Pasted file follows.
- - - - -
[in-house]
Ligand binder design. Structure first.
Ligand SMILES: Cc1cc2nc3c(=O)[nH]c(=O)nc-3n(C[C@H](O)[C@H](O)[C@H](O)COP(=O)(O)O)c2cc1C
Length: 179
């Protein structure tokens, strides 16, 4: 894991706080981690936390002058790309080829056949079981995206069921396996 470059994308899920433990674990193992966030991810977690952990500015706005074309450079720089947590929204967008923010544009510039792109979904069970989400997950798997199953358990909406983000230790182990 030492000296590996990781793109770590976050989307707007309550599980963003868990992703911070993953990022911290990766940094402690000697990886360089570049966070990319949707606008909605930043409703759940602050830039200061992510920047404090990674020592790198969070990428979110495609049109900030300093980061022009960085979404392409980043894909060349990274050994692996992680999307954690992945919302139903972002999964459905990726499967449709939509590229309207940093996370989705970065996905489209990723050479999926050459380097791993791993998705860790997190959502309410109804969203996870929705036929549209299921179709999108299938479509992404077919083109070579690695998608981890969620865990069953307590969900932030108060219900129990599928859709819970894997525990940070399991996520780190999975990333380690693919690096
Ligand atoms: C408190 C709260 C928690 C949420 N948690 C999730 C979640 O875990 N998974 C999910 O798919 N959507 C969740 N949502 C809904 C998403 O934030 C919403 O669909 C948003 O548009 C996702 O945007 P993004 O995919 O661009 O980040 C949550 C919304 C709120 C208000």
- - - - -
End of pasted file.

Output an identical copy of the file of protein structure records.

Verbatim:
[in-house]
Ligand binder design. Structure first.
Ligand SMILES: Cc1cc2nc3c(=O)[nH]c(=O)nc-3n(C[C@H](O)[C@H](O)[C@H](O)COP(=O)(O)O)c2cc1C
Length: 179
């Protein structure tokens, strides 16, 4: 894991706080981690936390002058790309080829056949079981995206069921396996 470059994308899920433990674990193992966030991810977690952990500015706005074309450079720089947590929204967008923010544009510039792109979904069970989400997950798997199953358990909406983000230790182990 030492000296590996990781793109770590976050989307707007309550599980963003868990992703911070993953990022911290990766940094402690000697990886360089570049966070990319949707606008909605930043409703759940602050830039200061992510920047404090990674020592790198969070990428979110495609049109900030300093980061022009960085979404392409980043894909060349990274050994692996992680999307954690992945919302139903972002999964459905990726499967449709939509590229309207940093996370989705970065996905489209990723050479999926050459380097791993791993998705860790997190959502309410109804969203996870929705036929549209299921179709999108299938479509992404077919083109070579690695998608981890969620865990069953307590969900932030108060219900129990599928859709819970894997525990940070399991996520780190999975990333380690693919690096
Ligand atoms: C408190 C709260 C928690 C949420 N948690 C999730 C979640 O875990 N998974 C999910 O798919 N959507 C969740 N949502 C809904 C998403 O934030 C919403 O669909 C948003 O548009 C996702 O945007 P993004 O995919 O661009 O980040 C949550 C919304 C709120 C208000």